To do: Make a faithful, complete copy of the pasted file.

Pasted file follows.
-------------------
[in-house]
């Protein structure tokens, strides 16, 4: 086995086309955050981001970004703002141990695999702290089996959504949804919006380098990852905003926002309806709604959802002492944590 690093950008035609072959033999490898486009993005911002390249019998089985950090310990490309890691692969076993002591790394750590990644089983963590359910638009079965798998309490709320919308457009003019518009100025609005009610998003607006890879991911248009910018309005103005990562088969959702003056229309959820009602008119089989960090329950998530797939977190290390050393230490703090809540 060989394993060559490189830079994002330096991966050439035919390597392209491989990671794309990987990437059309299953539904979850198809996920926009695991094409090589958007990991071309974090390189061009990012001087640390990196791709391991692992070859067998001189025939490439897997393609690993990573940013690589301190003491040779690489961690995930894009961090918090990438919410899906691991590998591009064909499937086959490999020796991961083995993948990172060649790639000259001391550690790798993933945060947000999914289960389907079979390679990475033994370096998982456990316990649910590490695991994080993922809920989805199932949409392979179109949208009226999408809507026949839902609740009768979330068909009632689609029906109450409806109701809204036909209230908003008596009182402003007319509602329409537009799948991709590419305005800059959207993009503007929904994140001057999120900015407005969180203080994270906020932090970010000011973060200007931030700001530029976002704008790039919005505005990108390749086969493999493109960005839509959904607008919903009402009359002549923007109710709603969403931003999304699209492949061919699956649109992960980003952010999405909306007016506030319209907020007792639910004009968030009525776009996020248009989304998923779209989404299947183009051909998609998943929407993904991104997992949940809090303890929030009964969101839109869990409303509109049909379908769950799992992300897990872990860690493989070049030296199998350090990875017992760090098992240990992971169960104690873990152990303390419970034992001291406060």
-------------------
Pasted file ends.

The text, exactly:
[in-house]
């Protein structure tokens, strides 16, 4: 086995086309955050981001970004703002141990695999702290089996959504949804919006380098990852905003926002309806709604959802002492944590 690093950008035609072959033999490898486009993005911002390249019998089985950090310990490309890691692969076993002591790394750590990644089983963590359910638009079965798998309490709320919308457009003019518009100025609005009610998003607006890879991911248009910018309005103005990562088969959702003056229309959820009602008119089989960090329950998530797939977190290390050393230490703090809540 060989394993060559490189830079994002330096991966050439035919390597392209491989990671794309990987990437059309299953539904979850198809996920926009695991094409090589958007990991071309974090390189061009990012001087640390990196791709391991692992070859067998001189025939490439897997393609690993990573940013690589301190003491040779690489961690995930894009961090918090990438919410899906691991590998591009064909499937086959490999020796991961083995993948990172060649790639000259001391550690790798993933945060947000999914289960389907079979390679990475033994370096998982456990316990649910590490695991994080993922809920989805199932949409392979179109949208009226999408809507026949839902609740009768979330068909009632689609029906109450409806109701809204036909209230908003008596009182402003007319509602329409537009799948991709590419305005800059959207993009503007929904994140001057999120900015407005969180203080994270906020932090970010000011973060200007931030700001530029976002704008790039919005505005990108390749086969493999493109960005839509959904607008919903009402009359002549923007109710709603969403931003999304699209492949061919699956649109992960980003952010999405909306007016506030319209907020007792639910004009968030009525776009996020248009989304998923779209989404299947183009051909998609998943929407993904991104997992949940809090303890929030009964969101839109869990409303509109049909379908769950799992992300897990872990860690493989070049030296199998350090990875017992760090098992240990992971169960104690873990152990303390419970034992001291406060």